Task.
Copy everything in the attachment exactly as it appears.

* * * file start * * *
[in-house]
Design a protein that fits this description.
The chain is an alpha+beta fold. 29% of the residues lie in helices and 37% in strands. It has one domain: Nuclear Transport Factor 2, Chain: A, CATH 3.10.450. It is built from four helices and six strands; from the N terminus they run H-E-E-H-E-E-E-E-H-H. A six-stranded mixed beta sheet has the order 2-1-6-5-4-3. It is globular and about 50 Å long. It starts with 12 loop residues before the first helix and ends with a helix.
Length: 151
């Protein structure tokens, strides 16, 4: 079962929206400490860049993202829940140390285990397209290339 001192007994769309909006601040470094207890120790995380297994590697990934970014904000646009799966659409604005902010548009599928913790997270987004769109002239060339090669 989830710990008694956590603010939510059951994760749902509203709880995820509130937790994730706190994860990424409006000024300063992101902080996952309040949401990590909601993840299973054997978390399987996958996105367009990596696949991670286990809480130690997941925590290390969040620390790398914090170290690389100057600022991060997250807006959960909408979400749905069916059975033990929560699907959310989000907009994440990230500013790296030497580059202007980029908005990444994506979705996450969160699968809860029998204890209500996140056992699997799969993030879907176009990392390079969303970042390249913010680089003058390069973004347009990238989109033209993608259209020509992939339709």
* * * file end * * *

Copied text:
[in-house]
Design a protein that fits this description.
The chain is an alpha+beta fold. 29% of the residues lie in helices and 37% in strands. It has one domain: Nuclear Transport Factor 2, Chain: A, CATH 3.10.450. It is built from four helices and six strands; from the N terminus they run H-E-E-H-E-E-E-E-H-H. A six-stranded mixed beta sheet has the order 2-1-6-5-4-3. It is globular and about 50 Å long. It starts with 12 loop residues before the first helix and ends with a helix.
Length: 151
């Protein structure tokens, strides 16, 4: 079962929206400490860049993202829940140390285990397209290339 001192007994769309909006601040470094207890120790995380297994590697990934970014904000646009799966659409604005902010548009599928913790997270987004769109002239060339090669 989830710990008694956590603010939510059951994760749902509203709880995820509130937790994730706190994860990424409006000024300063992101902080996952309040949401990590909601993840299973054997978390399987996958996105367009990596696949991670286990809480130690997941925590290390969040620390790398914090170290690389100057600022991060997250807006959960909408979400749905069916059975033990929560699907959310989000907009994440990230500013790296030497580059202007980029908005990444994506979705996450969160699968809860029998204890209500996140056992699997799969993030879907176009990392390079969303970042390249913010680089003058390069973004347009990238989109033209993608259209020509992939339709």